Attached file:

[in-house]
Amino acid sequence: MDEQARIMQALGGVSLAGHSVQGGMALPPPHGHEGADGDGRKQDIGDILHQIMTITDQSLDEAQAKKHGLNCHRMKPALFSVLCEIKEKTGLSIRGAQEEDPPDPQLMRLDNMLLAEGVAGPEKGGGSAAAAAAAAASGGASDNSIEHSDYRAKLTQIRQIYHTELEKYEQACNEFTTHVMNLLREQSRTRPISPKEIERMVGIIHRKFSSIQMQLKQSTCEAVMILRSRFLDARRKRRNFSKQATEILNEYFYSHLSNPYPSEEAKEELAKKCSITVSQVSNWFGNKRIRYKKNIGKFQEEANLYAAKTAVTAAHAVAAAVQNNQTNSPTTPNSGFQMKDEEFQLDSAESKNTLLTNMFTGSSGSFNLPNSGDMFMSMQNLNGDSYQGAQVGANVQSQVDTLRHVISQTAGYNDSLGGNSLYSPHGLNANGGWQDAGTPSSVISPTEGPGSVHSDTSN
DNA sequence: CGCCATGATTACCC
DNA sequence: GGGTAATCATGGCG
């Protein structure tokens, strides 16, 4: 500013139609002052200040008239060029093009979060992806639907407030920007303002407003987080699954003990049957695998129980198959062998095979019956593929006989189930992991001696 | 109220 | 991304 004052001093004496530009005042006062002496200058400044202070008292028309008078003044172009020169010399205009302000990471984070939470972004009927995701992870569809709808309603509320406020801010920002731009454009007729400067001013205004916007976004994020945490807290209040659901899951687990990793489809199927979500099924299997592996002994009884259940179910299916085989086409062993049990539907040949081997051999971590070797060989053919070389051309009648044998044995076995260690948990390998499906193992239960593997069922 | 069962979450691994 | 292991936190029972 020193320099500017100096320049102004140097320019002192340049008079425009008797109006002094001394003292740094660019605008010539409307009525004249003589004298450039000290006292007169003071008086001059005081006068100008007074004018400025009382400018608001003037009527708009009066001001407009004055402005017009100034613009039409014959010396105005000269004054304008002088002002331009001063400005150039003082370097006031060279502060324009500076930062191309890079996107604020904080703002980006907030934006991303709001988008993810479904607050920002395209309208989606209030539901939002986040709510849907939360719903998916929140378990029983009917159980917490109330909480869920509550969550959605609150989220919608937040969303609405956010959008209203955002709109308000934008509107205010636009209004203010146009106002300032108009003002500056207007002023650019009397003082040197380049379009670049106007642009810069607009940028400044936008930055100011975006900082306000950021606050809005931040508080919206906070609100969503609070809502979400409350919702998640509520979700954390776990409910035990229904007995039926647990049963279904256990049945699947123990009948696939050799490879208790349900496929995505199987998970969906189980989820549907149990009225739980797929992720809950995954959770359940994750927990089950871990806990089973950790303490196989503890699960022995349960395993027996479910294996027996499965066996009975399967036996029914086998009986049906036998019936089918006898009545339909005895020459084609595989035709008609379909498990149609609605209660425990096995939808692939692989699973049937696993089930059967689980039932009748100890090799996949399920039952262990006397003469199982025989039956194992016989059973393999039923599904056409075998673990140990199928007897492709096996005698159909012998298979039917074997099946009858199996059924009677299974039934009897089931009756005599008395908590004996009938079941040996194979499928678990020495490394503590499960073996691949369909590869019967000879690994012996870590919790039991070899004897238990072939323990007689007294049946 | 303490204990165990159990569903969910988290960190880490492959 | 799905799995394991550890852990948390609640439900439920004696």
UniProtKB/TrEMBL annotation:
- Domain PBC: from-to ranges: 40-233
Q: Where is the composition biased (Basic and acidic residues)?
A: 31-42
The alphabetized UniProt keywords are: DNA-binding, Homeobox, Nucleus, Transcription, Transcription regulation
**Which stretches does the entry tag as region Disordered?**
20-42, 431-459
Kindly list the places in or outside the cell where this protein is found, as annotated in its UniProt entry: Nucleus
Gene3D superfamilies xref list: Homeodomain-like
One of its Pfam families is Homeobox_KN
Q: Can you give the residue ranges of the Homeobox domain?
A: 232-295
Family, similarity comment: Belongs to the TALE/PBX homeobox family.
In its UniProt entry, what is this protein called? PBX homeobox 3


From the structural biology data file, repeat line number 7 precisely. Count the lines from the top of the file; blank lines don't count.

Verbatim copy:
- Domain PBC: from-to ranges: 40-233